Nova Scotia : Why Are So Many People Moving Here?

Richard Payne
Published on July 9, 2021

Nova Scotia : Why Are So Many People Moving Here?

Nova Scotia has always had a modest growth, with no real highs or lows unlike other Canadian provinces. It is generally a predictable and slower pace of life which has obviously generated a lot of appeal since COVID.

Since 2018, Nova Scotia has recorded positive in migration, with less people leaving to find work in other provinces. In the first quarter of 2021, 4700 people moved to the Nova Scotia from within Canada. International migration added just over 1700 people to our population in the same time frame.

The pandemic has prompted many Canadians to rethink where they want to live and build their lives, and with remote working being an option for many employers, Canadians have started to move away from major cities and provinces for a safer, more affordable environment.

Why is this?

There are likely several key reasons for this growth.

The Nova Scotia Government ran a very successful Work from Home ad campaign that began in December 2020 and ended March 31 2021. Its goal was to target remote workers in larger Canadian cities to move to Nova Scotia and focused predominantly on Toronto, Ottawa and Calgary.

This campaign attracted just over 531,000 inquiries during this period, including people from within Canada who were looking for a new place to live because their job now allowed them to work remotely. Nova Scotia’s affordability and slower pace of life suddenly began to appeal to a lot of people who wanted to get out of the rat race of big city living.

Another key selling point has been Nova Scotia’s successful pandemic response, its COVID-Zero strategy, rigorous testing/ tracing program and overall provincial safety.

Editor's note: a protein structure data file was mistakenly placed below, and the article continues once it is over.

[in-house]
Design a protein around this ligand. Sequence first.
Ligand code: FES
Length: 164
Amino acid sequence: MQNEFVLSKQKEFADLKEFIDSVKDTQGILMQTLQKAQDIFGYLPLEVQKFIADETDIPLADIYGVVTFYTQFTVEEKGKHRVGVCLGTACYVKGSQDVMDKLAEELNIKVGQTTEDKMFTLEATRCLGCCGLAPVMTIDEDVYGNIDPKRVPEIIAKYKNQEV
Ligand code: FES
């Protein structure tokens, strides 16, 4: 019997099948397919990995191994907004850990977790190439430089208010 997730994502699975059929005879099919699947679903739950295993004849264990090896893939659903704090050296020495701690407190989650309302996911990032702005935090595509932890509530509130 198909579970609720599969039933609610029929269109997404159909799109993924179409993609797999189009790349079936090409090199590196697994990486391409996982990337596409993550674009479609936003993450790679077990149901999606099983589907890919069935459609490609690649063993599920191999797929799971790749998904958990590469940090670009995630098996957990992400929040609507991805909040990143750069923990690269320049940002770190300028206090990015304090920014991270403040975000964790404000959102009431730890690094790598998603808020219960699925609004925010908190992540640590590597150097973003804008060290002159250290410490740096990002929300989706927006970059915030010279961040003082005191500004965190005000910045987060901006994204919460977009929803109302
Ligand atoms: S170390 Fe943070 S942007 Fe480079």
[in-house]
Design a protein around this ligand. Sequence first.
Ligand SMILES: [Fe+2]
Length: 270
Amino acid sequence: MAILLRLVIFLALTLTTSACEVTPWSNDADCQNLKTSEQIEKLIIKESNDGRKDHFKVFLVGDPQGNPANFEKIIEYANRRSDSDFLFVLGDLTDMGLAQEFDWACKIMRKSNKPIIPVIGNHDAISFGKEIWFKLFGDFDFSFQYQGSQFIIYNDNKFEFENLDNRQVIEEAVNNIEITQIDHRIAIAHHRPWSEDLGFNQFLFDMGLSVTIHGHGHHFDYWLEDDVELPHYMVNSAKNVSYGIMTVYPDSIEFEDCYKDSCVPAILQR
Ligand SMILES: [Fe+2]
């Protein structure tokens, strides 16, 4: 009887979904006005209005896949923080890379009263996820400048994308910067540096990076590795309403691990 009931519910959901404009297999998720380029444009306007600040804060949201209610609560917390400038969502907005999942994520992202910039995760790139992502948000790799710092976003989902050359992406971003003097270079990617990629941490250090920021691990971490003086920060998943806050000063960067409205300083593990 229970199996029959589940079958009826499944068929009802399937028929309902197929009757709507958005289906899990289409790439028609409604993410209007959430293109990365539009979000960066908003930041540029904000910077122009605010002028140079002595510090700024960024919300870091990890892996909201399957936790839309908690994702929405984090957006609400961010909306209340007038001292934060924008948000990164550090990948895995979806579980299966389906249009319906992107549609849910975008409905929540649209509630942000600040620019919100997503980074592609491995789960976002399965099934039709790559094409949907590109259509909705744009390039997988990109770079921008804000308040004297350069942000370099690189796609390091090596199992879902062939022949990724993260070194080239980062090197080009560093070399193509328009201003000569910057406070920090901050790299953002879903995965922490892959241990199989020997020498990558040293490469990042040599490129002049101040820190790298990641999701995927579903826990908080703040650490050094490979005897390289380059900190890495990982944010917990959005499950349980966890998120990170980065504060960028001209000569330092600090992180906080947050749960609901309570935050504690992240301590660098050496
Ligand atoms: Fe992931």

Soon after the pandemic was declared in March 2020, the Atlantic region imposed some of the strictest lockdown rules in the country. This strategy has worked very positively for the Atlantic region in keeping the virus under control. There have been sporadic outbreaks between the four provinces but the overall response to the pandemic is one of success.

Additionally, there have been ongoing changes to Federal Immigration policies which have been strong drivers of Nova Scotia growth. Interprovincial migration has increased every year since 2015.

The most immediate impact of this growth is to real estate prices.

Peoples desire to live in Nova Scotia has forced competition and prices like we have never seen before. Nova Scotia real estate is booming with many homes selling sight unseen and above asking, mostly to Ontario buyers.

These buyers are generally coming from markets across Canada where prices are already high. They are often in a strong position as they sell their homes for top dollar with big amounts of equity being built up over the years. This puts them in a position to move here and potentially buy their dream home outright and live mortgage free.

This boom, not just in the major Halifax Regional Municipality area but all around Nova Scotia, has resulted in dramatic price increases across the province and a lot of frustrated local buyers who are struggling to purchase a home right now.  

As a province, Nova Scotia has so much going for it.   And it seems that our “secret” is finally out as people are starting to realise what a gem this province is. Sure, it’s not perfect. We pay a premium to live here but as far as I’m concerned, the positives of living here far outweigh the negatives.

And despite the hiccups right now, growth is what Nova Scotia needs. Less workers leaving the province to work elsewhere and educated Canadians moving here from other provinces and contributing to Nova Scotia’s economic recovery is surely a good thing?  

Now to attract many more doctors to ease the burden on our healthcare system.  

I’m happy Nova Scotia is growing, are you? I’d love to hear your comments!      

Resources and further reading:

Nova Scotia Data and Research

Stats Canada Census Profile

Develop Nova Scotia

Nova Scotia Business inc.

Tourism Nova Scotia

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